Five Levels Of Threat Hunting: Key Takeaways From DNIF Konnect 2
Threat hunting has become one of the most misunderstood topics in cybersecurity. For the second session of DNIF Konnect, we wanted to address the confusion surrounding threat hunting, so we had Mr. Ankit Panchal from NSDL talk to us on “hunting maturity model”. Here are some key takeaways from the session that we feel every cybersecurity analyst should know:
Myths associated with threat hunting
Many analysts think threat hunting is some sort of tool or software, or a technology that can somehow detect threats on its own. Some even think that threat hunting is only for the elite, “blue-team” professionals, and not suited to beginners. Below are some other common myths associated with threat hunting:
- Endpoint detection and response (EDR) is not threat hunting.
- Threat hunting is not a new product category in cybersecurity.
- Threat hunting is too complicated.
- Threat hunting isn’t worth the time it takes.
- Threat hunting is expensive.
None of this is true!
What is threat hunting?
To put it simply, it is the process of finding abnormal or malicious activity on servers and endpoints that may lead to intrusion or exfiltration of data.
As Ankit puts it,
[Threat hunting] is a proactive process which a tool on its own cannot do. It involves both: the security analysts and their security tool.”
What is the Hunting Maturity Model?
We all know that nothing is “100% secure”; however, timely identification and mitigation of risks unique to one’s infrastructure is what comprises the core of threat hunting — and this helps improve an organization’s security posture over time. How can this be achieved? The answer is the Hunting Maturity Model.
Ankit defines the Hunting Maturity Model as “a measure of technique and data you can work upon to evolve and mature your threat hunting process.” For organizations that are using threat hunting but don’t know which level of maturity they are at, or for those who have not yet started with threat hunting, here are the five levels of the Hunting Maturity Model (HMM) described briefly. You can use your organization’s position in the list to understand what it will take to upgrade your threat hunting program:
- HMM 0: Use of a basic threat intelligence or threat validation tool to identify known indicators of compromise (IOCs). Organizations at this level are at least able to identify basic threats (or “low-hanging” threats) within their infrastructures.
- HMM 1: Use of platforms, such as a traditional SIEM platform, with a comprehensive flow of log data covering about 80% of the total devices that comprise infrastructure. This includes routine data collection from such devices, which produces good data sets for setting up effective correlation rules. Data enrichment and validation from external threat intelligence providers complement the data collected internally.
- HMM 2: Includes collection and analysis of network “flow data” (e.g., NetFlow), plus the technology stack in HMM 1.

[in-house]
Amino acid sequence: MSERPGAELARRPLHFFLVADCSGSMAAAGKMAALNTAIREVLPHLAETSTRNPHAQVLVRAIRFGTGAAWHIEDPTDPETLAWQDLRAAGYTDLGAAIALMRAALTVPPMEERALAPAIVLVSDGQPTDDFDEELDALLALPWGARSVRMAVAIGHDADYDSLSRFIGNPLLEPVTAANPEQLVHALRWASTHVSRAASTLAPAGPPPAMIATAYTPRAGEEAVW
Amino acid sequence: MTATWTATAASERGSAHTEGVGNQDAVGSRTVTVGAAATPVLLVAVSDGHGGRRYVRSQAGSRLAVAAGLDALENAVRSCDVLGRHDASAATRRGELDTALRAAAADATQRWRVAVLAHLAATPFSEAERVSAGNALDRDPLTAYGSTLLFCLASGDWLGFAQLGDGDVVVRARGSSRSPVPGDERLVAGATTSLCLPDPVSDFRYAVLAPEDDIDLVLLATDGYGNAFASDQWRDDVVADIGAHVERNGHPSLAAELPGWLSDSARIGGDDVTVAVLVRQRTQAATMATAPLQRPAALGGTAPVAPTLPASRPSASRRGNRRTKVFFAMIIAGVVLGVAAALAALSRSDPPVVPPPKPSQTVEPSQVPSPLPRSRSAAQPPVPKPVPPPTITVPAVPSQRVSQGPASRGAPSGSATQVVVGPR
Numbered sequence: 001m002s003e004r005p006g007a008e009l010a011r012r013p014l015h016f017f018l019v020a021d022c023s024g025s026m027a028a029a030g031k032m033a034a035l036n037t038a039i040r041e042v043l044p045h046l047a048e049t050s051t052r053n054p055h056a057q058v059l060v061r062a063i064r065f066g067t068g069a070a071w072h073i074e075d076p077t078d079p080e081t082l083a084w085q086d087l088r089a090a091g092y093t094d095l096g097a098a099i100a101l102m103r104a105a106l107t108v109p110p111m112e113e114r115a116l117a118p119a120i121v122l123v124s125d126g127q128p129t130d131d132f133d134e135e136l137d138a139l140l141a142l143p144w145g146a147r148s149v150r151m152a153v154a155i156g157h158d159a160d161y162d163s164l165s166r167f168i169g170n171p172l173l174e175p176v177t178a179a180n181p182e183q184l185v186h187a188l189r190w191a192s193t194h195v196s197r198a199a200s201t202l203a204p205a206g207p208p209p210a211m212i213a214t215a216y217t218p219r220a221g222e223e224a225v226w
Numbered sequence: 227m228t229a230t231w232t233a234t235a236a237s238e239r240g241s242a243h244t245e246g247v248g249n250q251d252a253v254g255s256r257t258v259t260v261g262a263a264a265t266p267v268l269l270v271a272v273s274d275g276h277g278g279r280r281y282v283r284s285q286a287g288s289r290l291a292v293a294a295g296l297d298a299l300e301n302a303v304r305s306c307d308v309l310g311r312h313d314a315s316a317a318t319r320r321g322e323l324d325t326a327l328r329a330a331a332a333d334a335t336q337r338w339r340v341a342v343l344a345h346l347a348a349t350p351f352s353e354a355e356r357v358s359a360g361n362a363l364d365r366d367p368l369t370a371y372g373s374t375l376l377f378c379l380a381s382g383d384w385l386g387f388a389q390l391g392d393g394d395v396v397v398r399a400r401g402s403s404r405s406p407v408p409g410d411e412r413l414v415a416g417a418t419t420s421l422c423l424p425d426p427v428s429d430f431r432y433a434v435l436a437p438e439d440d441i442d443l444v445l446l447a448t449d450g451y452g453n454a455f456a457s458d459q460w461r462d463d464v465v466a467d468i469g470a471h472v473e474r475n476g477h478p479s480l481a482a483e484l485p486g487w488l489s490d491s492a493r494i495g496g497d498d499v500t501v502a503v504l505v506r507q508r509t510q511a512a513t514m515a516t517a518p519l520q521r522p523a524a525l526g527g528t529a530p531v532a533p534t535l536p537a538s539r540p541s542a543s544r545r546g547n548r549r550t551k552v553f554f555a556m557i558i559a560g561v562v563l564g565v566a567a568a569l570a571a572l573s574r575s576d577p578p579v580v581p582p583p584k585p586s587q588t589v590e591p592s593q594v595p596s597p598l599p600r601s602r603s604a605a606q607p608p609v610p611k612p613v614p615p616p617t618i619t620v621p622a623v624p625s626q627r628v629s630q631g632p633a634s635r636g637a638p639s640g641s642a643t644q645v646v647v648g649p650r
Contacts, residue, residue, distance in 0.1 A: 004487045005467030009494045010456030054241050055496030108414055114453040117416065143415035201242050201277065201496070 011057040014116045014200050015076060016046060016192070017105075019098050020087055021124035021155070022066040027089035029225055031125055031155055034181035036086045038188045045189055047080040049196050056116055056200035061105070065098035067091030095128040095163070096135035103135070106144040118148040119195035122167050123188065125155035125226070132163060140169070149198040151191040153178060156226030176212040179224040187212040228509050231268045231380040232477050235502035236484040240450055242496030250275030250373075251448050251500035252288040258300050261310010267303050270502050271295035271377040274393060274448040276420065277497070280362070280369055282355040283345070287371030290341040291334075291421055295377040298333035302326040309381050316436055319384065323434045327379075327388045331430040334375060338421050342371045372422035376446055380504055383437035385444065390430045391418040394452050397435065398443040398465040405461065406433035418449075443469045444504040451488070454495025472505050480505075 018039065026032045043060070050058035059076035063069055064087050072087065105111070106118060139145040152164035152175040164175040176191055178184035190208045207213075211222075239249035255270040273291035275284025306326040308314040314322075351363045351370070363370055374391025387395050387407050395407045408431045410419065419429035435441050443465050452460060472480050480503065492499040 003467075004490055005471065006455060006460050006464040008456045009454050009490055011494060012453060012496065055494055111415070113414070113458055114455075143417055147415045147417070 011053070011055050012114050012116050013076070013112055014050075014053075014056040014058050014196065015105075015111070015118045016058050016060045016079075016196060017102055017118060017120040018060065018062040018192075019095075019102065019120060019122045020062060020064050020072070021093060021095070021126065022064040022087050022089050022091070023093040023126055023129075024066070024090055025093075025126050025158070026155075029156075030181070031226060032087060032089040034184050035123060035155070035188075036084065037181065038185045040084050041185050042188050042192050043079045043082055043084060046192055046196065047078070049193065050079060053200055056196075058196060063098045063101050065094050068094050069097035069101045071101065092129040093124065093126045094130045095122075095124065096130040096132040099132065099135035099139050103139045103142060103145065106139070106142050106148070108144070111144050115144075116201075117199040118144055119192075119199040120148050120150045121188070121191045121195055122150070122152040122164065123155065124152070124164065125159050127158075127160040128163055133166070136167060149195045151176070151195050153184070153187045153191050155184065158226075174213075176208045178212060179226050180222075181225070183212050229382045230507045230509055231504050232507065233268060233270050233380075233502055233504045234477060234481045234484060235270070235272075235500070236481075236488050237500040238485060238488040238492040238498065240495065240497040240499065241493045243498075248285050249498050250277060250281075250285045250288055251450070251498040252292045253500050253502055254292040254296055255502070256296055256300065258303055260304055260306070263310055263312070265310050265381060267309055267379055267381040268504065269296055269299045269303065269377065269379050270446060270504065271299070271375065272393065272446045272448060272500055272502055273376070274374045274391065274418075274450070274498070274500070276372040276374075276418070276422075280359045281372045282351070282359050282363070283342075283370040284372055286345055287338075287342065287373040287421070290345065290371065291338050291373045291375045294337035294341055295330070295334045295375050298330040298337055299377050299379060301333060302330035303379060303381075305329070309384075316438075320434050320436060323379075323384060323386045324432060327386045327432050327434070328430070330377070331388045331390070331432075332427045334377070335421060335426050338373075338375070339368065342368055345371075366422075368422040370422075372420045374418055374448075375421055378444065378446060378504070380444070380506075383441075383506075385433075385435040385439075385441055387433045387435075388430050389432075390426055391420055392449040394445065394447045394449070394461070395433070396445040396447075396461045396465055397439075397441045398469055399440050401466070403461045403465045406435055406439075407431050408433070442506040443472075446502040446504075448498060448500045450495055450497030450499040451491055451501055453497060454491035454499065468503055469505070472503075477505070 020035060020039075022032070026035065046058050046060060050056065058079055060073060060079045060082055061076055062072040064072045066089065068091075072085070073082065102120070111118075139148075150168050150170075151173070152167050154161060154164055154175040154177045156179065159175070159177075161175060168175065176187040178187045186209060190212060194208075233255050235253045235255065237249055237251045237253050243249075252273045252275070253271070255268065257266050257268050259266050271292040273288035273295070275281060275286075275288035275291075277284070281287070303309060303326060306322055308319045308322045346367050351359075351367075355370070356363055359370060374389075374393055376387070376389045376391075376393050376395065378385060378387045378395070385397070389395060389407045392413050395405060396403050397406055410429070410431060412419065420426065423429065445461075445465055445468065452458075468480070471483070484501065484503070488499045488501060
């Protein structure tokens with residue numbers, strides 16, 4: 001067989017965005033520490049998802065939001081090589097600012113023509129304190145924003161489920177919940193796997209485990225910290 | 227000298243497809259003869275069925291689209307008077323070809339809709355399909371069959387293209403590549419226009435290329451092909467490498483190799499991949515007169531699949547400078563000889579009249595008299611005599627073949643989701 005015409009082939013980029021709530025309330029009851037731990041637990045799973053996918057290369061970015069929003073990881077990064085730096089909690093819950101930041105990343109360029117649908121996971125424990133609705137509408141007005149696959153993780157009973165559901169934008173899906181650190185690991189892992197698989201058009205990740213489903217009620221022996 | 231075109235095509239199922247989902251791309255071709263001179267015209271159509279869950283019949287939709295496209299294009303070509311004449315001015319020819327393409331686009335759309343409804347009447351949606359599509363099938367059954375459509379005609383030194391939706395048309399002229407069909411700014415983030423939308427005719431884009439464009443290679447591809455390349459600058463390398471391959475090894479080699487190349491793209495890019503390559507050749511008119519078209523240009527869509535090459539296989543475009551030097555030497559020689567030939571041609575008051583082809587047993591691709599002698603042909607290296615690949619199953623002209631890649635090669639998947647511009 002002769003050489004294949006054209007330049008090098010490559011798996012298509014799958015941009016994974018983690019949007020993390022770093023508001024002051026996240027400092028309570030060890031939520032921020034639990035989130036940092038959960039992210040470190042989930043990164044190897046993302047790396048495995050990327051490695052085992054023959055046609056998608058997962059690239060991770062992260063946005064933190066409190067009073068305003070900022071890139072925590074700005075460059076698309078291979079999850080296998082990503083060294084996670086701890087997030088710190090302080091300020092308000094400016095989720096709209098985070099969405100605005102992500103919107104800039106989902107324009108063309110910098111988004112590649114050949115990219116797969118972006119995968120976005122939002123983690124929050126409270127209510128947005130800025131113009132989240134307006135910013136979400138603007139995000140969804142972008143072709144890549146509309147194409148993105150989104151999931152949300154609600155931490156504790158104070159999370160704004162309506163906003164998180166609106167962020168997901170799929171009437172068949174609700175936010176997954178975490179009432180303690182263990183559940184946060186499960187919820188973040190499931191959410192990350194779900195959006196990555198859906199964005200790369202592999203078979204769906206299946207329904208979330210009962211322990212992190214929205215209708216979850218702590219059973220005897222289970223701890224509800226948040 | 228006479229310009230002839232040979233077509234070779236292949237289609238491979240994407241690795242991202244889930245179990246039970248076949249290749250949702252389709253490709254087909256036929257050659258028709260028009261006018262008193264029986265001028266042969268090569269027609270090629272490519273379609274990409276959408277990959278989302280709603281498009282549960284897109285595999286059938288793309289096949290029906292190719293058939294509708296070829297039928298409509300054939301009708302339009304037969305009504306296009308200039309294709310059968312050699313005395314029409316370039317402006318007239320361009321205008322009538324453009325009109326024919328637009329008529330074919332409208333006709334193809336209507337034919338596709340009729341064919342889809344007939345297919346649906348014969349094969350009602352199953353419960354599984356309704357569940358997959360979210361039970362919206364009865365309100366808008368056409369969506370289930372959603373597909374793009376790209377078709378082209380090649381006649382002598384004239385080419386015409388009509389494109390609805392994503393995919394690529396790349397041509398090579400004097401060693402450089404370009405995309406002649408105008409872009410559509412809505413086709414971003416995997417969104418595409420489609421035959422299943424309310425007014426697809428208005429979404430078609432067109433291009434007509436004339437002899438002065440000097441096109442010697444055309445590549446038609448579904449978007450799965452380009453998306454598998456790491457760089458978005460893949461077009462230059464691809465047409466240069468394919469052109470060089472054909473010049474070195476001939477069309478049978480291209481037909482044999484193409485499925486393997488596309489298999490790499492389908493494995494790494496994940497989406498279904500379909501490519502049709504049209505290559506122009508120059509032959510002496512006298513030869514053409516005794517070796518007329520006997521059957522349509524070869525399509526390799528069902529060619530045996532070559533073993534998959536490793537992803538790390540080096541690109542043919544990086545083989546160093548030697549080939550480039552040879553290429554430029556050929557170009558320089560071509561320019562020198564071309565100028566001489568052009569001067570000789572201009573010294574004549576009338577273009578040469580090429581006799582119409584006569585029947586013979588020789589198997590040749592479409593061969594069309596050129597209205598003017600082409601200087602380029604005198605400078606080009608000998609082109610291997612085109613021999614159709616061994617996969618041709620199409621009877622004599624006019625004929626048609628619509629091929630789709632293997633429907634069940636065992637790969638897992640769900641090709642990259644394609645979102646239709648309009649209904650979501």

- HMM 3: Characterized by a process involving a dedicated team of threat hunters whose responsibility it is to devise their own procedures. Threat hunters use their own data analysis techniques adapted to the most prominent risks for their organization. This also involves the use of machine learning to identify outliers or anomalies, aided by context-based data visualisation and drill-down analysis.
- HMM 4: In addition to the technology stack in HMM 3 the use of workflow-based automation and security automation playbooks. At this stage, security analysts focus only on the most critical alerts.
Primary threat hunting techniques
Having gone over the stages of HMM, we’ll follow up with a list of the primary techniques in threat hunting, apart from SIEM-based correlation.
- Searching: Querying the data store for events or artifacts of interest.
- Clustering: Grouping and assigning labels to events based on characteristics from a larger data set. For example, you might want to identify servers accessed by only a few machines on a specific port, at a time when other machines didn’t access those servers at all. This approach is particularly effective when applied to machine learning models.
- Grouping: Identifying occurrences of multiple sets of unique artifacts or behaviors taken as a unit. For example, you could choose to visualize the frequency with which different commands are executed across hosts in a specific timeframe.
- Stack counting: Counting numbers of occurrences for values of a particular type, and identifying deviations from this count. This is a method of outlier detection. For instance, you can categorize outbound connections on a set of ports based on frequency.
This session was really helpful in understanding the basics of threat hunting and how it improves the overall security posture of an organization. If you would like to watch the complete recording of DNIF Konnect #2, check out our post on the community forum.